Your SlideShare is downloading. ×
0
Mexico in the Midwest? Making the Borderlands Meaningful to Students
Mexico in the Midwest? Making the Borderlands Meaningful to Students
Mexico in the Midwest? Making the Borderlands Meaningful to Students
Mexico in the Midwest? Making the Borderlands Meaningful to Students
Mexico in the Midwest? Making the Borderlands Meaningful to Students
Mexico in the Midwest? Making the Borderlands Meaningful to Students
Mexico in the Midwest? Making the Borderlands Meaningful to Students
Mexico in the Midwest? Making the Borderlands Meaningful to Students
Mexico in the Midwest? Making the Borderlands Meaningful to Students
Mexico in the Midwest? Making the Borderlands Meaningful to Students
Mexico in the Midwest? Making the Borderlands Meaningful to Students
Mexico in the Midwest? Making the Borderlands Meaningful to Students
Mexico in the Midwest? Making the Borderlands Meaningful to Students
Mexico in the Midwest? Making the Borderlands Meaningful to Students
Mexico in the Midwest? Making the Borderlands Meaningful to Students
Mexico in the Midwest? Making the Borderlands Meaningful to Students
Mexico in the Midwest? Making the Borderlands Meaningful to Students
Mexico in the Midwest? Making the Borderlands Meaningful to Students
Mexico in the Midwest? Making the Borderlands Meaningful to Students
Mexico in the Midwest? Making the Borderlands Meaningful to Students
Mexico in the Midwest? Making the Borderlands Meaningful to Students
Mexico in the Midwest? Making the Borderlands Meaningful to Students
Mexico in the Midwest? Making the Borderlands Meaningful to Students
Mexico in the Midwest? Making the Borderlands Meaningful to Students
Mexico in the Midwest? Making the Borderlands Meaningful to Students
Mexico in the Midwest? Making the Borderlands Meaningful to Students
Mexico in the Midwest? Making the Borderlands Meaningful to Students
Mexico in the Midwest? Making the Borderlands Meaningful to Students
Mexico in the Midwest? Making the Borderlands Meaningful to Students
Mexico in the Midwest? Making the Borderlands Meaningful to Students
Mexico in the Midwest? Making the Borderlands Meaningful to Students
Mexico in the Midwest? Making the Borderlands Meaningful to Students
Mexico in the Midwest? Making the Borderlands Meaningful to Students
Mexico in the Midwest? Making the Borderlands Meaningful to Students
Upcoming SlideShare
Loading in...5
×

Thanks for flagging this SlideShare!

Oops! An error has occurred.

×
Saving this for later? Get the SlideShare app to save on your phone or tablet. Read anywhere, anytime – even offline.
Text the download link to your phone
Standard text messaging rates apply

Mexico in the Midwest? Making the Borderlands Meaningful to Students

1,019

Published on

24 September 2010 presentation at the annual meeting of the Missouri/Oklahoma Councils of History Education, Springfield, MO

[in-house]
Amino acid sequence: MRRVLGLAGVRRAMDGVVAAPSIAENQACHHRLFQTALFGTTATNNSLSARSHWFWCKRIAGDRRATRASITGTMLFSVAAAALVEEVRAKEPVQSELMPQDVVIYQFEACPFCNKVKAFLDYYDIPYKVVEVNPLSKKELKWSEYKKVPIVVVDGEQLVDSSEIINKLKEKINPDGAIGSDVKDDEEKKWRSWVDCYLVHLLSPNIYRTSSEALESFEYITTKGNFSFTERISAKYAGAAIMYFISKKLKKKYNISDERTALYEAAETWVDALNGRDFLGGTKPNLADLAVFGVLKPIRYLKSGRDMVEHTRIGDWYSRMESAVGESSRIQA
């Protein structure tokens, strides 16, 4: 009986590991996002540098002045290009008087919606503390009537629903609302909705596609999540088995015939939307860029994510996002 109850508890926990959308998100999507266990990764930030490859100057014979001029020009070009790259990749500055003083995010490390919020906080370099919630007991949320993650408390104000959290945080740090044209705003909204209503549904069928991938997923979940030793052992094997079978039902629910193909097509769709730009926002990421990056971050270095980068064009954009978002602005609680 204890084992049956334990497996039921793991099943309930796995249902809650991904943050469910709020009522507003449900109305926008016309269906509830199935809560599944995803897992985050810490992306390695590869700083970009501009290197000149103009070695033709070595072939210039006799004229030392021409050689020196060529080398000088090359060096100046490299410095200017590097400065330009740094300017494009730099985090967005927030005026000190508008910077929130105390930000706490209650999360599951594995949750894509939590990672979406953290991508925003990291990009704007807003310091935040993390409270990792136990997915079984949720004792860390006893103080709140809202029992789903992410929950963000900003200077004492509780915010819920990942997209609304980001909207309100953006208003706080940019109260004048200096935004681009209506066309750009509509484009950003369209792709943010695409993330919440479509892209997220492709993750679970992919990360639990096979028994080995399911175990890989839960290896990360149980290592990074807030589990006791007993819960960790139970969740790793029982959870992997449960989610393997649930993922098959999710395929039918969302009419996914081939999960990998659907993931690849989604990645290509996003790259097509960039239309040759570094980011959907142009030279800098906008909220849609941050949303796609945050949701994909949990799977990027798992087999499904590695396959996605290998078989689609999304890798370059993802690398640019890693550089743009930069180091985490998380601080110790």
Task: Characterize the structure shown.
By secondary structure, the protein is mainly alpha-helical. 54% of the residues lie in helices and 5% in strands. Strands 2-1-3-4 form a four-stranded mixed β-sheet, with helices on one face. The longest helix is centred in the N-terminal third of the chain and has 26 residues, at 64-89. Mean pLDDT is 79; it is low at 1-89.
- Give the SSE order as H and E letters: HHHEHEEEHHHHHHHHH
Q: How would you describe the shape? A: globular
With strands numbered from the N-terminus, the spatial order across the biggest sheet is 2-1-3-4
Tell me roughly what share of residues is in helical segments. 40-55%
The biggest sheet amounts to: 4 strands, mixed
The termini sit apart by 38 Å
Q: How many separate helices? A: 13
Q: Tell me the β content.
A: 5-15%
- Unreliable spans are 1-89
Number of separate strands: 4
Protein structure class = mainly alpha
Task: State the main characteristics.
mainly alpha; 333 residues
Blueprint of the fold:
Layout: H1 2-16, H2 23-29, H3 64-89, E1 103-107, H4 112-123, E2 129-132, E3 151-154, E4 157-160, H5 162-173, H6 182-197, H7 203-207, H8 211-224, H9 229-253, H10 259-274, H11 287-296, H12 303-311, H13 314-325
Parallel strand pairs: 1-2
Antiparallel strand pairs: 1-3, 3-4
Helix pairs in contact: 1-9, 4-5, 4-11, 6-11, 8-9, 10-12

24 September 2010 presentation at the annual meeting of the Missouri/Oklahoma Councils of History Education, Springfield, MO

Published in: Education
0 Comments
0 Likes
Statistics
Notes
  • Be the first to comment

  • Be the first to like this

No Downloads
Views
Total Views
1,019
On Slideshare
0
From Embeds
0
Number of Embeds
0
Actions
Shares
0
Downloads
11
Comments
0
Likes
0
Embeds 0
No embeds

Report content
Flagged as inappropriate Flag as inappropriate
Flag as inappropriate

Select your reason for flagging this presentation as inappropriate.

Cancel
No notes for slide
  • U.S. immigration officials noted that the poor and the sick constituted most of the Mexicans fleeing north. In 1914, during the strongest flurry of fighting in the revolution, the upper class of Mexico began to immigrate in big numbers as well.
  • Note migration not immigration
  • When the U.S. entered World War II, it turned to Mexico to address wartime labor shortages.
  • http://www.4elemental.com/websites/bgc/
  • http://www.hrusa.org/indig/reports/Tohono.shtm
  • U.S.-Mexico Environmental Program (Border 2012) is a collaboration between the United States and Mexico to improve the environment and protect the health of the nearly 12 million people living along the border. The bi-national program focuses on cleaning the air, providing safe drinking water, reducing the risk of exposure to hazardous waste, and ensuring emergency preparedness along the U.S.-Mexico border. US-Mexico Border 2012: http://www.epa.gov/usmexicoborder/index.html
  • http://teacher.scholastic.com/scholasticnews/indepth/upfront/features/f030110_census_CHART.htm
  • Transcript

    • 1. Mexico in the Midwest? Making the Borderlands Meaningful to Students<br />Borderlands: Regional Encounters and Forgotten Histories<br />Joint Conference of the Missouri and Oklahoma Council for History Education<br />24-25 September 2010, Springfield, Missouri<br />
    • 2. Overview<br />Explore Mexican and Mexican-American migration northward to the Midwest<br />Explore tools to help students understand that the Borderlands do impact them<br />Classroom-ready handouts<br />Online presentation slides <br />www.slideshare.net/kellyinkansas/<br />
    • 3. Migration<br />Mexican migration<br />Major area of contention for US-bilateral relations since 1900s<br />Shared interests in promoting migratory flows<br />Today, US immigration legislation has become more restrictive<br />Reflects concern for high level of Mexican immigration<br />Nevertheless, Mexico continues to be the leading country of origin for migrant workers<br />Legal and<br />Illegal<br />
    • 4. Migration (cont’d)<br />Mexico cannot be ignored<br />Share the same 2,000 mile border<br />Closer proximity=domestic events affect one another<br />NAFTA<br />Mexico is the second largest US trading partner<br />
    • 5. Migration – 19th century<br />Hispanic Americans made up a significant number of workers<br />railroad <br />mining industries<br />Especially in southwestern U.S.<br />led to the growth of communities throughout region<br />Added to existing Hispanic populations in SW<br />
    • 6. Migration – 19th century - Railroads<br />Railroad industry<br />Employment needs brought more workers from remote parts of Mexico<br />New systems integrated the border regions of the United States and Mexico. <br />